1.2Ghz 266 Retail, Thermal Pad or Compound?


I just purchased a retail 1.2Ghz 266Mhz Thunderbird (AXIA, came with the L1 bridges uncut).

My question is regarding the HSF that comes with it. The heat sink has what appears to be a thermal pad already attached, with a piece of tape over it. I had purchased some thermal compound to use with the HSF though.

Am I better off using the thermal pad which comes with the HSF or removing it and applying the thermal compound?

If I do remove it, how do I get all the gunk off without damaging the HSF? I thought about using some rubbing alcohol, but really don't want to take chances on ruining my athalon.

Thanks folks.

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  1. What thermal compound did you get?

    Here's a bit of a FAQ for you:
    <A HREF="http://forumz.tomshardware.com/modules.php?name=Forums&file=faq&notfound=1&code=1" target="_new">click here</A>

    Intel Components, AMD Components... all made in Taiwan!
  2. Same here, 1.2gh, AXIA, installed two days ago with Artic Silver II and Alpha cooler. The chip overclocks like a dream currently at 1.33gh at 1.78v with 41c-45c temperature range. Right now system temp is 27c and cpu is 40c.
  3. I would say if you are good at it, scratch off the pad and apply good thermal compound. But if not done well, this may actually increase the temp. The pad is not as bad as it looks. It's pretty effective at circulating heat. When I used it with my GlobalWin FOP32, it was able to keep the CPU temp only 8 degrees above the motherboard temp.
  4. Thermal pad? You sure it is not just tap with thermal grease on the other side. I have a friend who left the tape on his T-Bird HSF in which the temperatures kept on going into the high 60's before his machine would crash. Upon inspection we discovered the tape on the HSF, oops, no damage was done to his cpu afterwards he could overclock with much lower temps in the 40's.

    <P ID="edit"><FONT SIZE=-1><EM>Edited by noko on 05/27/01 00:02 AM.</EM></FONT></P>
  5. In my opinion ... it's no contest. Thermal compound is a heck of a lot better than a pad.

    I prepare the heatsink by removing the pad with finger-nail polish remover (acetone) and 600 grit waterproof sandpaper. The trick is to place the sandpaper on a perfectly flat surface, and gently rub the heatsink on it with firm, straight strokes, following the "grain". Taking the pad off won't do any good if the surface is not absolutely level afterwards, as Crashman might tell you. This is why you don't rub the sandpaper on the heatsink with your hand.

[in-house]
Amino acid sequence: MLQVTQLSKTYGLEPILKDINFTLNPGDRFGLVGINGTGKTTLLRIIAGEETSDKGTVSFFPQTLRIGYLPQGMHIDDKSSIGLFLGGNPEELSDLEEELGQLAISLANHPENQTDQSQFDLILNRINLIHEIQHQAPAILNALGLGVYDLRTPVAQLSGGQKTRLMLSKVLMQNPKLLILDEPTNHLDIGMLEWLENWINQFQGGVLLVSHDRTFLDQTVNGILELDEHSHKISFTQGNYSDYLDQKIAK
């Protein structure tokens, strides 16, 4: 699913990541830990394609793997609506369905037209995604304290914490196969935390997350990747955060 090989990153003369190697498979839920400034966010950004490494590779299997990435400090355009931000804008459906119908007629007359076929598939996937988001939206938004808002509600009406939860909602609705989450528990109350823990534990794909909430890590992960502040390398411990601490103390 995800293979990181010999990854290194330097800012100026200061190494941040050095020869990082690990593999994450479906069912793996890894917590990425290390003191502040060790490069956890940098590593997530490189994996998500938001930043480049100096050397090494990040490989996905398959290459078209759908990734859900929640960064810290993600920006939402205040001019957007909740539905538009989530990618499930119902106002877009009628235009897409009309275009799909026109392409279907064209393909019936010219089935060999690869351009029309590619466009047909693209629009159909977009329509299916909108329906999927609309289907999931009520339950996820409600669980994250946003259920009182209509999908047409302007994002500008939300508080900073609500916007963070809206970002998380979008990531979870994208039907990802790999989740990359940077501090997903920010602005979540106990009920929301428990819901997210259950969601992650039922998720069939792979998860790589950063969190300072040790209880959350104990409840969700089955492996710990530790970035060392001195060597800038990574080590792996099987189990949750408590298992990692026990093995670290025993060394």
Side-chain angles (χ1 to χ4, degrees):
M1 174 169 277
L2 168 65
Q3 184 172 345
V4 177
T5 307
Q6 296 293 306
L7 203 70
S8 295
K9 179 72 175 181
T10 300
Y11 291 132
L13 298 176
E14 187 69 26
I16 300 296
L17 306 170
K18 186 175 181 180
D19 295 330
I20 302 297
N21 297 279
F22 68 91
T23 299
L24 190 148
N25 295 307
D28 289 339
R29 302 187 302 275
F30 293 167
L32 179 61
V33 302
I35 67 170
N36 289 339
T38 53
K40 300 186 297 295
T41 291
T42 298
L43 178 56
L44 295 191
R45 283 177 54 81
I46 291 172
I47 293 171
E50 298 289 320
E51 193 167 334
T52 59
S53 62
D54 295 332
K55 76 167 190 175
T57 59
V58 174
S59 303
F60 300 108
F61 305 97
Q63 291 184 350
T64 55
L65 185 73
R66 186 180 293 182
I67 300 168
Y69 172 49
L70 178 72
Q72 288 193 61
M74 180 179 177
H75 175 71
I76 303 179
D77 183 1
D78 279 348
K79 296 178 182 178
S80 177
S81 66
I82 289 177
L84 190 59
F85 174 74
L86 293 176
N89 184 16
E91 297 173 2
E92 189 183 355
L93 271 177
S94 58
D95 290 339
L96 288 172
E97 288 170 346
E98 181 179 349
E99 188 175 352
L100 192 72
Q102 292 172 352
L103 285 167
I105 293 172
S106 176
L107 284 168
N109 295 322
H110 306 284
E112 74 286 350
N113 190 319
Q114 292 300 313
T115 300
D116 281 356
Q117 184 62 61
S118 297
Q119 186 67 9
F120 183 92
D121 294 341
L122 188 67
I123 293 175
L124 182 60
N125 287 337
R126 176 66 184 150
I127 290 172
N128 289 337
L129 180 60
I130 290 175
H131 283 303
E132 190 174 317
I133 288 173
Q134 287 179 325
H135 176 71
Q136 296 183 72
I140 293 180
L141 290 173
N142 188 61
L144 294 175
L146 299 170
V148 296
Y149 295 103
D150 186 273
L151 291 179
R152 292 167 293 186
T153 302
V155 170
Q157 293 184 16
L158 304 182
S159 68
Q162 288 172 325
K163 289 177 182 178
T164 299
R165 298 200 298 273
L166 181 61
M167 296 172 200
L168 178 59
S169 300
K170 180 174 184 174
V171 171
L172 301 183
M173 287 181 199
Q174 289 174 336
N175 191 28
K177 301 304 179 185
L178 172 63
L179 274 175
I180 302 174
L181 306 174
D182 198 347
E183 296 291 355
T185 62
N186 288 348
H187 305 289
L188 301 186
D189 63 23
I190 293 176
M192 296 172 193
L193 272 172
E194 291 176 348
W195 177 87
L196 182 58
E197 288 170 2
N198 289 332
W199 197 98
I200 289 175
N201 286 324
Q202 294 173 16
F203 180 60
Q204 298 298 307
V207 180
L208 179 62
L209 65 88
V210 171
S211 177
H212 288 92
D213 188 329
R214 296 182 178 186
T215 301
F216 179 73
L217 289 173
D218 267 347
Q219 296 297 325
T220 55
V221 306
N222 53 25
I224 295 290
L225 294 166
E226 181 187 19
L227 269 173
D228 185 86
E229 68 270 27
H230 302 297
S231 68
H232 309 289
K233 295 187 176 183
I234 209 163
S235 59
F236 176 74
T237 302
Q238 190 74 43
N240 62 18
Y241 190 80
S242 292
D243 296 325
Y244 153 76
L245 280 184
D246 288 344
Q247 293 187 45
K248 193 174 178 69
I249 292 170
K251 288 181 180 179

As I work, I begin using progressively finer grits of sandpaper, finishing up with 1500grit. At this point, the pad is completely gone, and the heatsink has a relatively flat, smooth surface. Not completely smooth, but close.

    This kills two birds with one stone. Because the surface of the heatsink has been polished, less thermal compound is needed to fill in the space between the die and the heatsink. In this situation ... less is more, if you catch my drift. A very thin coat of the compound will do a better job of helping to transfer the heat from the die than a thick coat. A heatsink that hasn't been sanded has grooves on the bottom that will cause you to use more thermal compound than necessary.

    Crashman likes to sand down the surface of the die ... but I think that is overkill ... and might damage the processor. But it's your money! What a guy! <GRIN>

    I've got a big sheet of Plexiglass that is perfect for the sandpaper. To make the sandpaper stick to the glass, I use a small amount of water.

    When I'm done, I clean the heatsink thoroughly with alcohol to remove any grit, acetone, or oil from my hands. When it is dry, I apply the thermal compound with a razor blade to the middle of the heatsink in the shape of the die. Use only a tiny amount, and create a smooth, ripple-free area. I try to move as little as possible when settling the heatsink on the die. It's a good idea to have someone give you a hand ... one person to hold the processor very still, and another to fasten the clips. Only use enough pressure to get the clips latched ... and no more. Don't lean on the heatsink when you install it, or push down.

    **Note: If you get the heatsink TOO smooth, the thermal compound won't stick. Once the thermal pad is completely gone ... stop sanding.

    **Second Note: Get the finer grits of sandpaper from an auto parts store ... the kind that is used to sand primer. That will work the best.

    The last heatsink I installed, on a 800MHz Duron, idles at 91 to 93F, and never goes higher than 98 to 99F, even when under a full load ... with just air-cooling. And the guy who owns it doesn't have air-conditioning ... the ambient room temp is usually in the 80's.

    He sure loves how well his games play!

    You gotta admit, those are pretty good temps for a Duron. My Pentium IV is running at 86.4F, right now ... I did the very same thing when I installed it.


    <font color=purple>If there was a reason for everything, having faith would be redundant.</font color=purple>
  6. It may well be thermal grease under the tape after all. Whatever comes with the boxed athalon heatsinks. As for what I have, there's no brand name, just in a small clear tube.

    While I appreciate all the advice on sanding, and it is no doubt a good idea, I don't think I am up to attempting it.

    I figure that whatever comes with the retail box will do, it's under warranty for 3 years after all.

    Thanks all.

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